Picture this: you go to a new doctor and are ushered into his nurse’s station as she takes all your vital signs and then shoves you up on a scale. All the while, you cannot help but notice that she is obviously struggling with her health issues. Then, you sit for an eternity waiting for the doctor, who finally walks into the room, reeking of cigarette smoke and finishing up the last bite of a McDonald’s Big Mac – his lunch (gag me!). Will you trust anything he advises to keep you healthy when he clearly doesn’t follow that advice himself? Do you stay or run like hell? You decide for yourself, but I’m already in my car!

Now, let’s put that scenario into the context of this discussion of just who it is that Jesus says we are. Even though he repeatedly tells us the same thing, we choose to give full authority to the thoughts of others who are – well – screwed up. Mostly. Like us. Who are you going to trust?


But, alas, it’s 2022—a new year.

I’m going to speak for myself now. You’re welcome to tag along….

Let’s call it:

An ode to new beginnings that tell us endings are never final if you’re still breathing.

Last year was, hands down, one of my worst years ever, with Covid relegated to last place on my list of profoundly crappy moments. After losing my husband, I had to face the truth of a heart condition that I chose to ignore for years until it reared up and took a huge bite out of my…denial.

Both these profound life events were instrumental in creating my new reality: at my age, I am starting over in an uncertain and unfamiliar place. God has promised never to leave us, but he does not lay out our lives like a scavenger hunt. Unfortunately, that’s what we expect from him, and then we get tripped up every time we encounter any obstacles.

For most of my seventy-three years, I have not allowed the Creator of my destiny to guide me. Others would constantly butt in unsolicited and make huge messes in my life, like the bratty kid who knocks down all your Legos, so you have to start over!

So now, if I live as though I really believe that God is the only one I need to listen to and trust, then I will have no one else to blame if I fail to follow the path he has laid out for me. And there it is…TADA! It’s less scary and less demanding to keep doing what I have always done than expose myself to what God may be asking of me.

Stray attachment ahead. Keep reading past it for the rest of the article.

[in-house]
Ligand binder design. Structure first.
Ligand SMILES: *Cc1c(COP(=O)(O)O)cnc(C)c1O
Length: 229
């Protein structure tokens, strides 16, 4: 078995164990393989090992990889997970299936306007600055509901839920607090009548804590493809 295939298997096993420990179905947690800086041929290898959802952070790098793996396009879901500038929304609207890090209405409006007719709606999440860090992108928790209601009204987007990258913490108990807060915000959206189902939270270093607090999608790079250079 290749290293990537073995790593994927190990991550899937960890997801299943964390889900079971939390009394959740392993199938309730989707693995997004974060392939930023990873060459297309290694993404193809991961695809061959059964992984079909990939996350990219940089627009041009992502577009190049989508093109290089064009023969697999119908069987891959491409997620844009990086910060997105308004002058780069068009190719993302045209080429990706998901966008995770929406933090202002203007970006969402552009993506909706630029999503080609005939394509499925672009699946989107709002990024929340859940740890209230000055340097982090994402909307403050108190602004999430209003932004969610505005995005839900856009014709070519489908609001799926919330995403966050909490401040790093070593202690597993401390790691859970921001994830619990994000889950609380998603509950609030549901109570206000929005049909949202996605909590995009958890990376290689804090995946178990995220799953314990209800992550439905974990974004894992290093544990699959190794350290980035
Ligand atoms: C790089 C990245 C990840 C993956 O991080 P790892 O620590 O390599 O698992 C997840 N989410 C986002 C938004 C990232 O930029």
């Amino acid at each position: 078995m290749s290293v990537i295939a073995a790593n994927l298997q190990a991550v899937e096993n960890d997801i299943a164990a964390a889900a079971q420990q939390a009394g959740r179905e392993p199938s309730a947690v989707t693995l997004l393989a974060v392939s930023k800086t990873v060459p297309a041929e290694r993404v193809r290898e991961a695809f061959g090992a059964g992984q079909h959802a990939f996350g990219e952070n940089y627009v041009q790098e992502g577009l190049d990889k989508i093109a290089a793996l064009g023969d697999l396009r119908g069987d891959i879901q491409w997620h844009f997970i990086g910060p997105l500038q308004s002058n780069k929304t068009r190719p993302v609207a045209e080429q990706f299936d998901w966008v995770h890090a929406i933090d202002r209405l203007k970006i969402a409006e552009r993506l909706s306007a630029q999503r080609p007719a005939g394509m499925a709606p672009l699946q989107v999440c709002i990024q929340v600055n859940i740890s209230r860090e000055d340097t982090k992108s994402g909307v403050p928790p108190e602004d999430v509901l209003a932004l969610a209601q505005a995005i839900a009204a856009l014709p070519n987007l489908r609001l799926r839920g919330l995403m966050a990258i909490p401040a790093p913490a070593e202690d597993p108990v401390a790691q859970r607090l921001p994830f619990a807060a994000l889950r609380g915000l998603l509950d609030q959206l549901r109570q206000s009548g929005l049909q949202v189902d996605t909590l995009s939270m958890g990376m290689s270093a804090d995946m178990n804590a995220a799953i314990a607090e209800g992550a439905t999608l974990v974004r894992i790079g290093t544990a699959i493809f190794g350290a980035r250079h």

If I answer that question, “Who do you say I am?” honestly, that would naturally require me to change and release my grip on mediocrity because God doesn’t do mediocre. And how do I deal with that when I have been led to believe all my life that it’s the best I have to offer in a world that couldn’t care less? So with that mindset, why would I turn that question around and ask it of God? “Who do you say I am?” And then risk what that answer would demand of me?

How often have I thought God abandoned me because, in hindsight, a path he pointed me to seemed like a dead-end? Only to discover it offered a critical lesson I needed to learn before moving on. If I could just become more self-aware and present to God as I walk this uncertain path, whether I obtain clarity in the process or not, much of my angst and fear will surely turn into trust and a peace that surpasses all understanding (Philippians 4:7). I’m working on that.

I have no idea what’s around the next corner for me, and frankly, I don’t need to know. I only know this: God is always with me. He is by my side. He is my biggest cheerleader. He forgives my stupidity and delights in giving me second chances. Yeah me!

At the end of the day, hopefully, he will welcome me home, where I will hear those immortal words, “Pretty well done, Linda. Not bad for a messy human.”  

Pretty well done indeed – I’ll take it!

Never, Never, Never Give Up